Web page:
Claiming Interest


Interest on outstanding invoices is a topic that people frequently ask me about and when I get asked, ‘Can I claim interest on outstanding invoices?’, the simple answer isyes’.

In the Court of Appeal case of Carrasco v Johnson, Lord Justice Hamblen clarified the position: interest is not awarded as compensation for damage done but for the claimant being kept out of money that ought to have been paid.

It should always be remembered that the court has a discretion as to the rate to be awarded and the period on which it is payable. It should also be remembered that the court will have regard to whether the monies due are from individuals or a commercial party

What are the three types of interest claims?

  1. Contractual – where there is a clause within the company’s terms and conditions of business saying that if payment of invoices are not made within terms, interest will become payable at the rate of 4% above the bank’s base rate from the date of default until full payment is received;
  2. Under S69 of the County Courts Act 1984 or section 35A of the Senior Courts Act 1981 (formerly Supreme Court Act 1981) at the rate of 8% per annum. A claim for simple interest on a debt or damages under these statutes is discretionary. As it is for the court to award interest at such a rate and for such a period as it deems fit, it is always worthwhile challenging both the period and the rate of interest claimed.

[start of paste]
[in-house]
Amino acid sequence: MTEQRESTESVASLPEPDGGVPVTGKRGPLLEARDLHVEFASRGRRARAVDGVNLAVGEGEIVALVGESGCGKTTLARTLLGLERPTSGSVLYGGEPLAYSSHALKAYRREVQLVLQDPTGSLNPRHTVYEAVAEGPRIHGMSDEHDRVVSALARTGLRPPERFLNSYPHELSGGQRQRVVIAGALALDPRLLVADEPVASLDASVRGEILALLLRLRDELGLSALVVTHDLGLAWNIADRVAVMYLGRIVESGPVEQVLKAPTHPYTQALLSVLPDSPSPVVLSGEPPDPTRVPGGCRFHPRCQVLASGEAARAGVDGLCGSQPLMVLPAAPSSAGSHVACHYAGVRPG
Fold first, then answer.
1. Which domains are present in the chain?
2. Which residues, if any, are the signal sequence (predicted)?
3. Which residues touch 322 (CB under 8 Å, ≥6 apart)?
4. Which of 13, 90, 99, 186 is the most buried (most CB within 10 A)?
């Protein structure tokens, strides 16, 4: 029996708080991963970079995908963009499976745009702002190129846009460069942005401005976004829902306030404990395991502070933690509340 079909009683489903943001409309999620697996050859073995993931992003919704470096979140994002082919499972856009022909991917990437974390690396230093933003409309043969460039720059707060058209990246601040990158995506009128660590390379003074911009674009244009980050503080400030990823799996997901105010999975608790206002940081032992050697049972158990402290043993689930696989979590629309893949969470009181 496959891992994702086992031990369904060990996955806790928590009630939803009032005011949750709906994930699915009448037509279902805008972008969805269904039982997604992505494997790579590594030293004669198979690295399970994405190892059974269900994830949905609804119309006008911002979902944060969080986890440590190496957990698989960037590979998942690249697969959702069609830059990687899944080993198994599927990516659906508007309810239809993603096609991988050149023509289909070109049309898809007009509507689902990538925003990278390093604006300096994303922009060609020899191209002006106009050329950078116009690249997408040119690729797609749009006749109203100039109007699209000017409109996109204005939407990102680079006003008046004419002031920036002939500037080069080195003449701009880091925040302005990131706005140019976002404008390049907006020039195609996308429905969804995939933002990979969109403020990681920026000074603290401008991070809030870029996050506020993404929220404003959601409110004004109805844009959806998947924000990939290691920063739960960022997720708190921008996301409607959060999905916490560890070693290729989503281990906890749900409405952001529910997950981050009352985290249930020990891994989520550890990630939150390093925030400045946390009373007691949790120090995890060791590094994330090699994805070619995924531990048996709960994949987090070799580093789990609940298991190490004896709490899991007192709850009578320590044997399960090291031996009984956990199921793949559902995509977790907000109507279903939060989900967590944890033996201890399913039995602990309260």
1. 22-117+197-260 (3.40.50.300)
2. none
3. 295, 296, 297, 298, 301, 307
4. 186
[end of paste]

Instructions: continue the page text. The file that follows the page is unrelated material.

3. Interest under the Late Payment of Commercial Debts (Interest) Act 1998. This will only apply business to business. The Late Payment Act inserts an implied term in the contract, giving the creditor a right to simple interest on the price, plus a fixed sum and reasonable costs of recovery. Interest will be 8% per annum above the Bank of England base rate. The Bank of England base rate on 31 December will be the reference rate for 1 January to 30 June, and the Bank of England base rate on 30 June will be the reference rate for 1 July to 31 December.  If, for example, the Bank of England reference rate is 3.5%, the total interest rate will be this plus 8%, making 11.5%. Please check the late payment legislation for more details.

What needs to be included in a claim for interest on outstanding invoices?

As soon as the payment is overdue, the customer will need to be made aware. This can be detailed in a written format, which will include:

  • reference of the invoice(s) overdue,
  • compensation that you will be claiming for the late payment(s),
  • how much interest is being accrued on a daily basis,
  • how much the customer owes currently, and
  • how the customer can pay.

We’re here to help with interest claim on outstanding invoices

We understand you may need to talk to a professional to help you find out how you can raise a claim for interest. For advice on any debt recovery matter, speak to our specialist team of experts by phoning 01782 205000 or email me at